Clean Elections Act

Robert F. Bukaty / Associated Press

Advocates for Maine's public campaign financing program say the court order that forced the LePage administration to release more than $1 million owed to qualified candidates also resolves a drafting error that's frozen millions more for the Clean Elections program.

Robert F. Bukaty / Associated Press

Maine's publicly-financed candidates will finally be getting $1 million in campaign funds despite Republican Gov. Paul LePage's attempt to unilaterally block the funding and a last-minute move by his administration that threatened to delay payments to 120 legislative candidates and a gubernatorial hopeful.

AP Photo

Gov. Paul LePage says that he has not decided what his next step will be after a Maine Superior Court justice ordered the release of about $1.4 million in Clean Elections funds before next Tuesday.

“I am going to take the weekend and think about what we are going to do,” says LePage. “We got several options, and we are looking at different options.”

Associated Press

A Superior Court judge has ruled that the Maine Ethics Commission can distribute public campaign funds to Clean Elections candidates, even without the approval of Gov. Paul LePage, who will likely appeal the decision. The outcome of the case could have broad political ramifications.

In his decision, Justice William Stokes focused on the unique nature of the Clean Elections system and how it is funded. The usual state financial procedures, he ruled, do not apply, and the state Ethics Commission has authority over public financing of elections.

AP Photo

Two Republican state House candidates pleaded with the Maine Ethics Commission Wednesday to come up with a plan to fix a severe imbalance in the distribution of public campaign funds.

Robert F. Bukaty / AP Photo

An attorney for Gov. Paul LePage will once again appear in a Maine courtroom Tuesday to defend the Governor's decision to hold up more than $1 million in budgeted public campaign funding.

The lawsuit in superior court is brought by seven candidates in what's called the Maine Clean Election program. The taxpayer-financed program distributes payments to candidates who collect a set amount of five-dollar checks to qualify.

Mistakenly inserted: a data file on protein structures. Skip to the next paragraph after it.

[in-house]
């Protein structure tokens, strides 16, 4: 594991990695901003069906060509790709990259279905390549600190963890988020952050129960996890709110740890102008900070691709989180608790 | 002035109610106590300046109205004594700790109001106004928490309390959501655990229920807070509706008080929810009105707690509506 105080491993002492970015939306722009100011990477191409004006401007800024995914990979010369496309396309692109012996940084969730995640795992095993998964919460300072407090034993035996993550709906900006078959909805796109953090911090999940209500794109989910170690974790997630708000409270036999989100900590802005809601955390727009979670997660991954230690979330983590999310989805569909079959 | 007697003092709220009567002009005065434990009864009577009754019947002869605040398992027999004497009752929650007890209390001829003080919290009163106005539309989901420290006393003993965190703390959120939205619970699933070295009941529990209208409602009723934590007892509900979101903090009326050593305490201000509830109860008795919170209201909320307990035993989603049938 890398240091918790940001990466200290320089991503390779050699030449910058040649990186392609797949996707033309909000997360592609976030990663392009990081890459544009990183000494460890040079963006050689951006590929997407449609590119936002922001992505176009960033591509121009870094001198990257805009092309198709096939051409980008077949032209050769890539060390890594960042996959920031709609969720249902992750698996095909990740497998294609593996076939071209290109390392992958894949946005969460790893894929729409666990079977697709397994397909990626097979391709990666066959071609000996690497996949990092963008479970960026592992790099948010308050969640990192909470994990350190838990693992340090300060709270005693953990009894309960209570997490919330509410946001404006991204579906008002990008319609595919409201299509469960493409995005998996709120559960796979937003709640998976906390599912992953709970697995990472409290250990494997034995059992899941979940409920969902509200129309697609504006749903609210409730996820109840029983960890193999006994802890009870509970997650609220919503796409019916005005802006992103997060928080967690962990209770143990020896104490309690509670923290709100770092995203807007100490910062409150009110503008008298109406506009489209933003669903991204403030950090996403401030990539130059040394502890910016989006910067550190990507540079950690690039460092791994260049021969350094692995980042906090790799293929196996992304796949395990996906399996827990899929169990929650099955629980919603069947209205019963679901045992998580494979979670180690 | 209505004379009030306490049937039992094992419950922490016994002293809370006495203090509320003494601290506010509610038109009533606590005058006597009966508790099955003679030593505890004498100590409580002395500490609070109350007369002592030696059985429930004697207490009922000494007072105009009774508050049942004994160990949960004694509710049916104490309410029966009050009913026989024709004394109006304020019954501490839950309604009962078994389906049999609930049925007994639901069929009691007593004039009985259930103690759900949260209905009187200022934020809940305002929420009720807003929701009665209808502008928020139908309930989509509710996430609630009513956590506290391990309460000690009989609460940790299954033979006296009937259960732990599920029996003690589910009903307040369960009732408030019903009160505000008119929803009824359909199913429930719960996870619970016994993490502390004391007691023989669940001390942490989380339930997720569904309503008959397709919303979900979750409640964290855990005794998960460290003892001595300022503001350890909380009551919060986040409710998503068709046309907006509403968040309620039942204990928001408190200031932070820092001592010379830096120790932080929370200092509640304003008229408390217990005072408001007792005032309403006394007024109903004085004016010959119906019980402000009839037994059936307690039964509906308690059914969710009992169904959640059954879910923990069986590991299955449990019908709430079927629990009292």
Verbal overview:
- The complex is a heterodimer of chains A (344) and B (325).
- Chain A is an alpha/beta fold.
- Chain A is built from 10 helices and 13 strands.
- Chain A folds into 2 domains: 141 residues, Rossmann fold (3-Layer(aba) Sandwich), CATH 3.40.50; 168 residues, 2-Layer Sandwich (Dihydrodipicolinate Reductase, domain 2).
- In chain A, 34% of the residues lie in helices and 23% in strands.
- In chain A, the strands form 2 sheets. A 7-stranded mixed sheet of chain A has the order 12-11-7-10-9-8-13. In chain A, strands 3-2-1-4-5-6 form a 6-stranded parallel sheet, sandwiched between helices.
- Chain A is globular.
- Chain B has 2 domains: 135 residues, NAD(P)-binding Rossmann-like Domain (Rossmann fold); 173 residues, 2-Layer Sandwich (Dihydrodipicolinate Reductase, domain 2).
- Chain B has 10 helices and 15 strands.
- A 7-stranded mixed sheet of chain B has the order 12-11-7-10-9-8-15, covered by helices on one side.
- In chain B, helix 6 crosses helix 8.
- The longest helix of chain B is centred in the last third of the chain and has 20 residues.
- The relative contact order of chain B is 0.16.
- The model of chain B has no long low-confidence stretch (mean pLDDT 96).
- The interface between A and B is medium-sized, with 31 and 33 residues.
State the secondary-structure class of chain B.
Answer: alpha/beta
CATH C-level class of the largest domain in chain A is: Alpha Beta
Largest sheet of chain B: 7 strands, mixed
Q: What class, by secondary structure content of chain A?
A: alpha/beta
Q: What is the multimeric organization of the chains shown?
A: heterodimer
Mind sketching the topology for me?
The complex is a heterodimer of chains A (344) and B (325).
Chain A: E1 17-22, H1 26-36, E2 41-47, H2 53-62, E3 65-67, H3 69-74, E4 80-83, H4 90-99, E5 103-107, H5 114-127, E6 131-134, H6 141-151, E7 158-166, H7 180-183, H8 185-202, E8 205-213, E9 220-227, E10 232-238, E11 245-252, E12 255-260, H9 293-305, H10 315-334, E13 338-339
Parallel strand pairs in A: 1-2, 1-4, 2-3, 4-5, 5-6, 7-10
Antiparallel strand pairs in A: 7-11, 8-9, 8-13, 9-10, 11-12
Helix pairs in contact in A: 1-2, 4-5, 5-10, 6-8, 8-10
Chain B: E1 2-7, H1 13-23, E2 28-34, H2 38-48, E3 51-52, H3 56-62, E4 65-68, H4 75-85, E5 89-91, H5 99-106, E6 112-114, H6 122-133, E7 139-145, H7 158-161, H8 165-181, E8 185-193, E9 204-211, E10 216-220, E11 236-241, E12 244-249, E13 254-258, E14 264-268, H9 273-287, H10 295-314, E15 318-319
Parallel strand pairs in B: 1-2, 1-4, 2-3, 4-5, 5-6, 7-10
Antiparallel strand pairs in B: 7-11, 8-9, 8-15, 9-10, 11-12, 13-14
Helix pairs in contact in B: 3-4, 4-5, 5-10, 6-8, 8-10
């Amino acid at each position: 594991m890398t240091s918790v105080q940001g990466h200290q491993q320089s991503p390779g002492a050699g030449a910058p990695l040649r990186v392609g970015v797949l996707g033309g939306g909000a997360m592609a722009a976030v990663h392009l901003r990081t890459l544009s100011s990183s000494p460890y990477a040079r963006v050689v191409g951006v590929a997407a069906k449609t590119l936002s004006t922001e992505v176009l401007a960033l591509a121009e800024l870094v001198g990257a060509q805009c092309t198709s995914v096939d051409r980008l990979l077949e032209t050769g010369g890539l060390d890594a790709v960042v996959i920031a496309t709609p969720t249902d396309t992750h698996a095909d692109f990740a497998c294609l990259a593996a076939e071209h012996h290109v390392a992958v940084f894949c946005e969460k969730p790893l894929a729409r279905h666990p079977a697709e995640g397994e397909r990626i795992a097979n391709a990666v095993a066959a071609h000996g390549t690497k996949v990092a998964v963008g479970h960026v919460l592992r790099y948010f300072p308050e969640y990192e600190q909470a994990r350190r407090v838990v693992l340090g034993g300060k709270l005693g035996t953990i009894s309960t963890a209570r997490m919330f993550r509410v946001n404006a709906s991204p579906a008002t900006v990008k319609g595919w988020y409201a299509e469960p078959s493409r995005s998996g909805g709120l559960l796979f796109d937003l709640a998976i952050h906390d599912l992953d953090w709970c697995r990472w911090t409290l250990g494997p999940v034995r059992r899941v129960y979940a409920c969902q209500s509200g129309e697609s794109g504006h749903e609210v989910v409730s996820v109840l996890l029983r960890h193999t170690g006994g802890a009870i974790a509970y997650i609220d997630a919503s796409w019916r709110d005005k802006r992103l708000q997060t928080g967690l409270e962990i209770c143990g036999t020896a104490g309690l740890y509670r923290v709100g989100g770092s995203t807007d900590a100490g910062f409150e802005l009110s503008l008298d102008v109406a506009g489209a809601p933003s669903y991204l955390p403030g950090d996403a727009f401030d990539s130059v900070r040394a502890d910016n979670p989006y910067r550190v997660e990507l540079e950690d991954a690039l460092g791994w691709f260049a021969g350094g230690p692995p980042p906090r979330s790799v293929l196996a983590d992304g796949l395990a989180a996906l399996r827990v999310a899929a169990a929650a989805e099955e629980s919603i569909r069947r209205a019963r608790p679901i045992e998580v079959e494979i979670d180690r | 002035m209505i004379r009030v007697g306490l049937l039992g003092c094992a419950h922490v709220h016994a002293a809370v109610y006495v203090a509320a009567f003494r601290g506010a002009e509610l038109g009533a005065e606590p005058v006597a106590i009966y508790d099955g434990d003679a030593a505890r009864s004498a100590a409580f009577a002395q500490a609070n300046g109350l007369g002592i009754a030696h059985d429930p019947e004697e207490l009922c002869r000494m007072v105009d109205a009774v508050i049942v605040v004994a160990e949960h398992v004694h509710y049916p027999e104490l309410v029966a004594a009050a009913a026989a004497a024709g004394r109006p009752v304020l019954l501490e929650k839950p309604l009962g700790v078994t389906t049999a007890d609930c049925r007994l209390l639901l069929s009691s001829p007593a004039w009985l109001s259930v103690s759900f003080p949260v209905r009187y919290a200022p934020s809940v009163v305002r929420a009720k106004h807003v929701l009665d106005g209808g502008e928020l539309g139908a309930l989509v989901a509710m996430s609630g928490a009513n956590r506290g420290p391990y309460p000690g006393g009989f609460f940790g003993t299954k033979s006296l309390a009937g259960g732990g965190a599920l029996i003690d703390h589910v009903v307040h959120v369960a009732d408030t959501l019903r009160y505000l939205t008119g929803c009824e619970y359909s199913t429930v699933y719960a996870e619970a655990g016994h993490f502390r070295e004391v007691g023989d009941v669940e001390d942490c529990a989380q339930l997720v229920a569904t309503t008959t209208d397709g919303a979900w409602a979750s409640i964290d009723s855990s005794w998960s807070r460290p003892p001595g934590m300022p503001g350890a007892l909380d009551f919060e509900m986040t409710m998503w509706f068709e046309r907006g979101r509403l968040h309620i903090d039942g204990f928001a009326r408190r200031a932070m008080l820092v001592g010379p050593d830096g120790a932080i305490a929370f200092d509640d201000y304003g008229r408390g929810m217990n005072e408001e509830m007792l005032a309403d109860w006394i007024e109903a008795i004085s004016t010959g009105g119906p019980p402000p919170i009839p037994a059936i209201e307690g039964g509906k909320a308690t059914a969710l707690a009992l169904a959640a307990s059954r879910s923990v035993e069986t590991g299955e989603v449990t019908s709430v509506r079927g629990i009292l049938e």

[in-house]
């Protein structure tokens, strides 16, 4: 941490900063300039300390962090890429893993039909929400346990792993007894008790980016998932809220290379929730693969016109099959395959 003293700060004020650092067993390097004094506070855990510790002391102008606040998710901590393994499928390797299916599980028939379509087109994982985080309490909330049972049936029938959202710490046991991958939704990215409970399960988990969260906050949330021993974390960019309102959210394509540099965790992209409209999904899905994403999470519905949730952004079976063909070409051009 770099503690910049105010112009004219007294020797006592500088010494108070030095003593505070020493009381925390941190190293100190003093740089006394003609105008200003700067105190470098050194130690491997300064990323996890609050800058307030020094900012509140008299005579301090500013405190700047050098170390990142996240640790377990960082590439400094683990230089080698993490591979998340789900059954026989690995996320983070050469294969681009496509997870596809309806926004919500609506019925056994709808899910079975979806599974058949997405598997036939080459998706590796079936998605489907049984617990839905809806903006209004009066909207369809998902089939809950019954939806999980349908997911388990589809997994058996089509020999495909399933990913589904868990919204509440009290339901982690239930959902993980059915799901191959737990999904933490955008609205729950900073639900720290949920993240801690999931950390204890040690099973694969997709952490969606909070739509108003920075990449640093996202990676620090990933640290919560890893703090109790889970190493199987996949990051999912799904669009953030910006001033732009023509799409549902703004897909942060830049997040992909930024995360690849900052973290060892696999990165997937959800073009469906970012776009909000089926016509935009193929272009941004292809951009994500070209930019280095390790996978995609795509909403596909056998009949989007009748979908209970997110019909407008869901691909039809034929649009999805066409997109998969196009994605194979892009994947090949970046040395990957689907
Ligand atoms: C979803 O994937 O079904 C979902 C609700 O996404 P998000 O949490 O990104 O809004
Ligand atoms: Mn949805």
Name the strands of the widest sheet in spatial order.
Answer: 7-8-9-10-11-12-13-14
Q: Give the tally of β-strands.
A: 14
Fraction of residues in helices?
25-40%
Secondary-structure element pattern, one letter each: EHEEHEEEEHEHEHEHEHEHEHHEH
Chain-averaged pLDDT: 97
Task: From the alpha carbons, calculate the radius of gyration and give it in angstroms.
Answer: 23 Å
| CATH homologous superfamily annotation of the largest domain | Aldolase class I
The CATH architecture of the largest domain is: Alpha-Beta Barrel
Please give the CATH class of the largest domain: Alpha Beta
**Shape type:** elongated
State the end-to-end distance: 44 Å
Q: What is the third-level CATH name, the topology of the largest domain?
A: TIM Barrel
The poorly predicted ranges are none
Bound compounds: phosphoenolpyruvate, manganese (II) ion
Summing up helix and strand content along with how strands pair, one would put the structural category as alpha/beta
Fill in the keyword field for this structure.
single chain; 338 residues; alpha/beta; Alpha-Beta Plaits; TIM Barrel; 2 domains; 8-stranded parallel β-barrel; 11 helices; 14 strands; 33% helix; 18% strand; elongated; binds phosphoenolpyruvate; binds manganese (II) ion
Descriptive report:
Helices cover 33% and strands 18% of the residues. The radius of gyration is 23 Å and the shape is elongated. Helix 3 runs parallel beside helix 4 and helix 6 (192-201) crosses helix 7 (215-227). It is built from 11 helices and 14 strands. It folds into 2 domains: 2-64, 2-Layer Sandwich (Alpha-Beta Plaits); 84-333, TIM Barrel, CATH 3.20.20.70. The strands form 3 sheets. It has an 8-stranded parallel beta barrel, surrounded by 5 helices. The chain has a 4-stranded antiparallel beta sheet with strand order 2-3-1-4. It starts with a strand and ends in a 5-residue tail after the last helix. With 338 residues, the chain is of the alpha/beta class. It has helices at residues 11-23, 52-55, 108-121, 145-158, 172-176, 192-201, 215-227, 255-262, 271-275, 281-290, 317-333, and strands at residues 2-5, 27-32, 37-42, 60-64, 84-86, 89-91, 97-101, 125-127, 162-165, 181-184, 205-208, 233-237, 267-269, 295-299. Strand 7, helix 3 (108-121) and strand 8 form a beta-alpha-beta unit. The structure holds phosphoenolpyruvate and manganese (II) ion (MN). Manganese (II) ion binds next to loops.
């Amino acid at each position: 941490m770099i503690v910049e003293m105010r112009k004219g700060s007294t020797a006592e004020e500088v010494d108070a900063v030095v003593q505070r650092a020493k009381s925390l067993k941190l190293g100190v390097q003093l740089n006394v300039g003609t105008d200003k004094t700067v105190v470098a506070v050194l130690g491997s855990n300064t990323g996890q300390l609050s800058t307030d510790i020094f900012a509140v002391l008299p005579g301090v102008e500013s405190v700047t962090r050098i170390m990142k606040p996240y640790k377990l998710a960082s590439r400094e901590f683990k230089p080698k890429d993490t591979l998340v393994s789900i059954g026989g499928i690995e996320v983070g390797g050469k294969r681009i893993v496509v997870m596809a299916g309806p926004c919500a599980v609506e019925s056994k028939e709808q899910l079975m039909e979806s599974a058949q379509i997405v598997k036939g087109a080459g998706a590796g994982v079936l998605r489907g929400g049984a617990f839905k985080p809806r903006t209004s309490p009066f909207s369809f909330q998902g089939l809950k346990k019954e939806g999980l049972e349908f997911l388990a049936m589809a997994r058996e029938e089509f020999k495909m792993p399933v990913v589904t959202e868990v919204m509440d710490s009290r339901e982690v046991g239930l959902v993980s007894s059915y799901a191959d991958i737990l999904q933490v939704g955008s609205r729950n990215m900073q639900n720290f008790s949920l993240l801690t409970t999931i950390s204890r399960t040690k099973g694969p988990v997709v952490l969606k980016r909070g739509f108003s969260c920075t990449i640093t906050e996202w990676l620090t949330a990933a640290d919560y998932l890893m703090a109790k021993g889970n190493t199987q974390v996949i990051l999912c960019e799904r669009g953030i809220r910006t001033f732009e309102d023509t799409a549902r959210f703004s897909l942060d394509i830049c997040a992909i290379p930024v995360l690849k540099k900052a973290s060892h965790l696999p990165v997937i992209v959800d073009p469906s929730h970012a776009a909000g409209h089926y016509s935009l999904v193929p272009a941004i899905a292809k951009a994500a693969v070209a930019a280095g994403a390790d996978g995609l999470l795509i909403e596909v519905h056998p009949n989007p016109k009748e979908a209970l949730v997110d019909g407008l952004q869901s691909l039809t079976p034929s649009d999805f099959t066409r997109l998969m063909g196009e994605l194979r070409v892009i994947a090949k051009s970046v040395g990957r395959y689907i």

Associated Press

Several candidates say the Maine governor's latest push to hold up over $1 million in budgeted public campaign funding "flies in the face of common sense" and legal precedent.

In briefs filed Monday, an advocacy group and 11 candidates argued that the governor is reducing political speech that will decide this November's election.

Gov. LePage and finance chief Alec Porteous are defending LePage's refusal to sign financial orders to release money due to over 120 legislative candidates and one gubernatorial hopeful through June.

Robert F. Bukaty / AP Photo

Update: Maine Citizens For Clean Elections File Suit Against LePage

The State Ethics Commission has crafted a short-term fix to sidestep a political logjam that is keeping public campaign financing from reaching candidates. But the commission, which administers these public funds under the Clean Elections Act, says lawmakers will have to address the larger problem in order to avoid possible legal challenges.

AUGUSTA, Maine - One gubernatorial hopeful and 220 legislative candidates who are counting on public campaign funds are in limbo as Maine lawmakers argue over fixing a mistake preventing the release of the money.
 
Lawmakers on Thursday continued trying to hash out a deal that could satisfy House Republicans ideologically opposed to public campaign funding.  Such a fix could return some of the money to Maine's general fund.
 

AUGUSTA, Maine — Throughout the debate over Question 1, which was approved on Tuesday's statewide ballot, one major issue has been its funding mechanism.

A.J. Higgins / MPBN

AUGUSTA, Maine - A freshman Republican lawmaker is encountering some significant opposition - some from within his own party - over his proposal to send Maine's taxpayer-funded campaign law back to the voters for reconsideration.

By Alanna Durkin, The Associated Press
AUGUSTA, Maine - A proposal to ask voters whether they want to repeal Maine's Clean Election law has received a cool response from a legislative committee.

The Veterans and Legal Affairs Committee began on Friday to examine Republican Sen. Eric Brakey's proposal to place a measure on the November ballot to repeal the public-financing elections law and use the money to boost education funding, instead.

Brakey says he doesn't believe taxpayer dollars should be spent on political yard signs and attack mailers.

AUGUSTA, Maine - A group proposing additions to the state's Clean Elections law is one step closer to getting its measures considered.

"Well, people were very enthusiastic," says Andrew Bossie, from Maine Citizens for Clean Elections. Bossie says that Secretary of State Matthew Dunlap has certified 80,000 signatures, about 18,000 more than necessary.